Us vs Them at Work
EMPLOYEES feel that their managers are in the way of their work, development and success, vs the MANAGERS who feel that their employees are not engaged enough in their work and are “difficult”.
We all have heard about or have first hand experience with “bad managers” or toxic cultures. There is an entire genre of media dedicated to this. In our increasingly globalized world and different generational expectations, unresolved conflict and toxic cultures seem to be the norm.
I talked about upwards feedback in my last article, and the lack of room for it. As HR, people come to me often when they are not able to talk the other person directly. I see the same Us vs Them points, over and over again. Which leads me to question:
Why is it that we keep battling each other when we are on the same side?
When we review these feelings and feedback from bosses and employees, we get a clear sense that both sides want to do what they came for: work. So why is it we can’t get through to each other to make that happen? I have some theories.
Relationships are Hard, Behaviour is Complicated
The most striking thing, when I did the Google searches above, was the amount of times on both sides that I saw words about hate, mistrust, mental illness and disrespect. When other people behave in ways that directly or indirectly block, threaten or harm us, things become competitive and we are quick to label instead of understand. Understanding other people, their thoughts, feelings and motivation without bias or projecting onto them takes time, effort and experience.
This is the challenge of practicing empathy.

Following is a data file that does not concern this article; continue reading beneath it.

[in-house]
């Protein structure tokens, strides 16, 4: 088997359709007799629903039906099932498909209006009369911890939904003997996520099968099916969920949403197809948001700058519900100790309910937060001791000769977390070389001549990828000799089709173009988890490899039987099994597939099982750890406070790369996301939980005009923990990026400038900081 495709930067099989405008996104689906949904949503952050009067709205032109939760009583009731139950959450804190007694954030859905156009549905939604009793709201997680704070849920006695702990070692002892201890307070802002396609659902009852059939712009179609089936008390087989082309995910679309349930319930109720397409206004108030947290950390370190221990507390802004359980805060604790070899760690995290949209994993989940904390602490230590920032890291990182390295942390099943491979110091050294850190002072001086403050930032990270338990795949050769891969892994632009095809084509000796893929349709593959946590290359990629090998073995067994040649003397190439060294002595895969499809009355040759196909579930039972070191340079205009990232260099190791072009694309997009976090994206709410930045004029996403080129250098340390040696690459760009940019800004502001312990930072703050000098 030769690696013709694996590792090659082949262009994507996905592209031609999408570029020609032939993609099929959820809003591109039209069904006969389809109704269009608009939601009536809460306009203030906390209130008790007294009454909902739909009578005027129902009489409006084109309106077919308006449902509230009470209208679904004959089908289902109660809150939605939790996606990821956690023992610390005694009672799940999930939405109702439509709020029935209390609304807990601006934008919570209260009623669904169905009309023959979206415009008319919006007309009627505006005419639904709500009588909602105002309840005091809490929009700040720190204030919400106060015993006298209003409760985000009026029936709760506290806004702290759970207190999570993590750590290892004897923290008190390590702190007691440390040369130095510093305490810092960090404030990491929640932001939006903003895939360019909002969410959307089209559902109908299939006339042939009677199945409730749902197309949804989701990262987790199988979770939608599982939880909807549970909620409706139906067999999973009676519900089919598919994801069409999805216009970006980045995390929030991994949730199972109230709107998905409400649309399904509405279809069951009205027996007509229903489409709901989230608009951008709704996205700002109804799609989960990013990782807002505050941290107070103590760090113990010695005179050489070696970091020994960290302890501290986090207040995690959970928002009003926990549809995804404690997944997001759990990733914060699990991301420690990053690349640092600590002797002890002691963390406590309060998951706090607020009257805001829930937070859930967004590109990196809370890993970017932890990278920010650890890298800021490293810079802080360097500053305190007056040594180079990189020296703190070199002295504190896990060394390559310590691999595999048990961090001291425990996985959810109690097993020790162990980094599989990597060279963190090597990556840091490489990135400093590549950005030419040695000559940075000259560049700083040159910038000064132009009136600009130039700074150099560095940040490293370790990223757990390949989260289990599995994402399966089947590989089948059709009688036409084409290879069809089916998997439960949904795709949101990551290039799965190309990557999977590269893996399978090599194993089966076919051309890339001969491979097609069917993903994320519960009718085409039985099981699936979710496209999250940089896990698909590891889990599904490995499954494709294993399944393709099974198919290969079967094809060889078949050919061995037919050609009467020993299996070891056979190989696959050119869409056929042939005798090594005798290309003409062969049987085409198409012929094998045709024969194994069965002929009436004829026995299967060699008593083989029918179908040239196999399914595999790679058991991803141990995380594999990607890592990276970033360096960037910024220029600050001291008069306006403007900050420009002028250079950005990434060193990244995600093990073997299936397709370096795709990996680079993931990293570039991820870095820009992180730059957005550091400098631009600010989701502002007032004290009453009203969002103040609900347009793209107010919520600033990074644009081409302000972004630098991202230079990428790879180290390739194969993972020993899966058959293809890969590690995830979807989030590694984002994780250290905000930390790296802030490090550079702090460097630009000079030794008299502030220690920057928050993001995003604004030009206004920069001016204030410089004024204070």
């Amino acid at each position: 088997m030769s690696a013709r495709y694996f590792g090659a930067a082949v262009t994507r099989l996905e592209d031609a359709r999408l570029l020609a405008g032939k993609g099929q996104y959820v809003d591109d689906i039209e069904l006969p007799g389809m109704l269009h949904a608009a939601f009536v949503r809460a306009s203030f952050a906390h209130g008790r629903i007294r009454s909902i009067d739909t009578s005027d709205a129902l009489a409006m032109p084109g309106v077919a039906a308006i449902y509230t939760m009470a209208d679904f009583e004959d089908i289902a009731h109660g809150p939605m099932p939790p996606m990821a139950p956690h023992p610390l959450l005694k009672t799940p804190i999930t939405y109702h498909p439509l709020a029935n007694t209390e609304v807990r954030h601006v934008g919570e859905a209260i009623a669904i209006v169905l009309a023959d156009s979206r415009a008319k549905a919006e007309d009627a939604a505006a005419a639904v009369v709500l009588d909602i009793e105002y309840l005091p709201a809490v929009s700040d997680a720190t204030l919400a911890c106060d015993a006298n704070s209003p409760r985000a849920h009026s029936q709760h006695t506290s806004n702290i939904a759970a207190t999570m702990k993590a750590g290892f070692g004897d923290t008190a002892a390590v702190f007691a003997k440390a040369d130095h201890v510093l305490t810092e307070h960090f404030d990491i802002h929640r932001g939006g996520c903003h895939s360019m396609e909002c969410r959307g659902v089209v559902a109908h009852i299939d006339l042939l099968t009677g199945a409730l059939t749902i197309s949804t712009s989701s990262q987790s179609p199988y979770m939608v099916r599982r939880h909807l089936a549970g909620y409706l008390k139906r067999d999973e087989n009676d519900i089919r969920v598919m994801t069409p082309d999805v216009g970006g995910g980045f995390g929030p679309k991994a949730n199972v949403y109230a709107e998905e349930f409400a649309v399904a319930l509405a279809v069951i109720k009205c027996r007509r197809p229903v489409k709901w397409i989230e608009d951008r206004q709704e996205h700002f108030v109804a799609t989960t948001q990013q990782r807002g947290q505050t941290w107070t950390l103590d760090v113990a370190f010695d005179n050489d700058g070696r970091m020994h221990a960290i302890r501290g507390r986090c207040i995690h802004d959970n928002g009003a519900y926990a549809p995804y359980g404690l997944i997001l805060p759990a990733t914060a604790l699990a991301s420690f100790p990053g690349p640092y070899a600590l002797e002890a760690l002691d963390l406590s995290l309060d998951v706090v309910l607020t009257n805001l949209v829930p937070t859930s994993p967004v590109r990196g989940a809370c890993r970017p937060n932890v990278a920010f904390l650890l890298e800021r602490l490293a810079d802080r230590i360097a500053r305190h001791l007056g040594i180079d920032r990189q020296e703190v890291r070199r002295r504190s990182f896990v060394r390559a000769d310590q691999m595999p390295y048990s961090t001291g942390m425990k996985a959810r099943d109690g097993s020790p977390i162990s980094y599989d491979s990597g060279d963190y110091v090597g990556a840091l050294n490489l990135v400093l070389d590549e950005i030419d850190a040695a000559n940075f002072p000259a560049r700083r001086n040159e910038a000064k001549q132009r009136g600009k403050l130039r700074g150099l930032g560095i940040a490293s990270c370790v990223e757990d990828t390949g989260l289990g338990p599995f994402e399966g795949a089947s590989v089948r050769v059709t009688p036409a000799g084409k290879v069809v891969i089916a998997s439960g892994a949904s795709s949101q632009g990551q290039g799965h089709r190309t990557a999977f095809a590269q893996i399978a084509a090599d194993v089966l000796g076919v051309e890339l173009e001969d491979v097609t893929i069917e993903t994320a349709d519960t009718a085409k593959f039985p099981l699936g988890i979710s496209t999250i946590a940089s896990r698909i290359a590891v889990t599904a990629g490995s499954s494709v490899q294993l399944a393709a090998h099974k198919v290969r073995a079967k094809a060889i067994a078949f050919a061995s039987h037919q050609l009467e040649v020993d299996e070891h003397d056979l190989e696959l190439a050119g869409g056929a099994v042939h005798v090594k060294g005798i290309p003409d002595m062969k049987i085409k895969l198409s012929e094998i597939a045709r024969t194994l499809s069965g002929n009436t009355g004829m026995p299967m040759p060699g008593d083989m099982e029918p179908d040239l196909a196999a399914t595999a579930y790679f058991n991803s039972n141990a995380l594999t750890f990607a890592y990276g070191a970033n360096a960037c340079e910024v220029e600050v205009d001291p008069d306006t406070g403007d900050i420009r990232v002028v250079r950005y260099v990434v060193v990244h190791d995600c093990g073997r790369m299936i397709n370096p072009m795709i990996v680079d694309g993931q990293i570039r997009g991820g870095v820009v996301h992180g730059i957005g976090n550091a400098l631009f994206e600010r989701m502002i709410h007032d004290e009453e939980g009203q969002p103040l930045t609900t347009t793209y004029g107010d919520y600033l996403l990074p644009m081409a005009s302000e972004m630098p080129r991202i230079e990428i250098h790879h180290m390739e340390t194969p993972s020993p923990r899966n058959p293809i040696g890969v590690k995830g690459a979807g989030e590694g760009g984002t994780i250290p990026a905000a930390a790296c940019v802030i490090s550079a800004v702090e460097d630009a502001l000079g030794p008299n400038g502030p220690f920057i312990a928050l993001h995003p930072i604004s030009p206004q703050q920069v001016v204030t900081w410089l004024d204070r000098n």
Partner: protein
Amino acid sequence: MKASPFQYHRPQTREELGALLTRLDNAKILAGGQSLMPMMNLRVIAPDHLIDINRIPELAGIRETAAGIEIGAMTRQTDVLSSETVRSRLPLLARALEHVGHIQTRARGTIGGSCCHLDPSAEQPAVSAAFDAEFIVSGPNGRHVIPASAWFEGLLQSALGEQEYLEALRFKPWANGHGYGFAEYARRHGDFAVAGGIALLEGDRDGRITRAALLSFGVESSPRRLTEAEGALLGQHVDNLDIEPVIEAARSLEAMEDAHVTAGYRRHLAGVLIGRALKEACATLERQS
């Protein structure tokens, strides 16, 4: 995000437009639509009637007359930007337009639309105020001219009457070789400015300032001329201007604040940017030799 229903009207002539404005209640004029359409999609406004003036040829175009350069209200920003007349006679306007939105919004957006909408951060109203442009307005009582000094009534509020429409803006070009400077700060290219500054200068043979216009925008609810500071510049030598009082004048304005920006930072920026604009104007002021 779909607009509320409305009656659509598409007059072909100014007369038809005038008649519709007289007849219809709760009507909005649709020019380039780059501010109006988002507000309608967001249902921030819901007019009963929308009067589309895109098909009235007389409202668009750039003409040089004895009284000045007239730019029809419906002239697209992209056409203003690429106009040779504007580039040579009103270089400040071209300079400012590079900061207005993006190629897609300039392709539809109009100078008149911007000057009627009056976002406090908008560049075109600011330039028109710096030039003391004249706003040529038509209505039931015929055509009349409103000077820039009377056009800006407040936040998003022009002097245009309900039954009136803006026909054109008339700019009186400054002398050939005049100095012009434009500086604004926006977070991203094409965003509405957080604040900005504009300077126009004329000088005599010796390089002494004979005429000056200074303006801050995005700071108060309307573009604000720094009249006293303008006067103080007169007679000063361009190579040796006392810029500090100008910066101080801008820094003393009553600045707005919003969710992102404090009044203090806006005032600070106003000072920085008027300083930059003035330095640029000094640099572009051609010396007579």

We are told that work is separate from private life, we believe we are different people at work, but there is no magic line at the office door that allows us to drop all of our personal history, sense of self and habits to then become the ideal manager or employee without any personal issues. We carry the good and bad with us everywhere.
As we grow up, we learn how to have relationships and how to behave with each other from our family, then more at school and continue to learn from our own experiences and interactions with the world. Each new social interaction, friendship or partner requires us to adjust again to another person to understand what they require from us for a positive and healthy interaction.
We learn that what might be appropriate for one setting, is entirely not in another. For instance, cheering our sports team on is expected and fun, but cheering our professor or boss during a presentation is not. We also learn what clothes are appropriate, how loud to raise our voices and how to behave on public transportation. Humans are dynamic and we adapt quickly to new environments and new people as we need to.
We learn how to read norms and boundaries to respect them, or Not.
Yet somehow, we forget about the delicate nature of this when we go to work. We forget that we have relationships with our colleagues and bosses as individual people and teams, and that relationships are hard. We forget how to leave our own biases aside and how to practice empathy. Or that even if they are our bosses, we still have the right to insist that they respect our boundaries. We get wrapped up in fear and competition. So then we hop onto google in our frustration and ask the information gods to please offer us a solution for managing our bad situation.
We Don’t Communicate, We Assume
Let’s go straight to the core. I see that mostly, employees and managers have the same fears and frustrations as each other. In a dysfunctional work environment, there is a lot of distrust, unhealthy competition and animosity. Each side is deeply worried about the stability and intentions of the other person and feels the need to protect themselves. To do this, we then project our ideas of why we think the other person is behaving badly and find reasons to negatively reinforce our thoughts.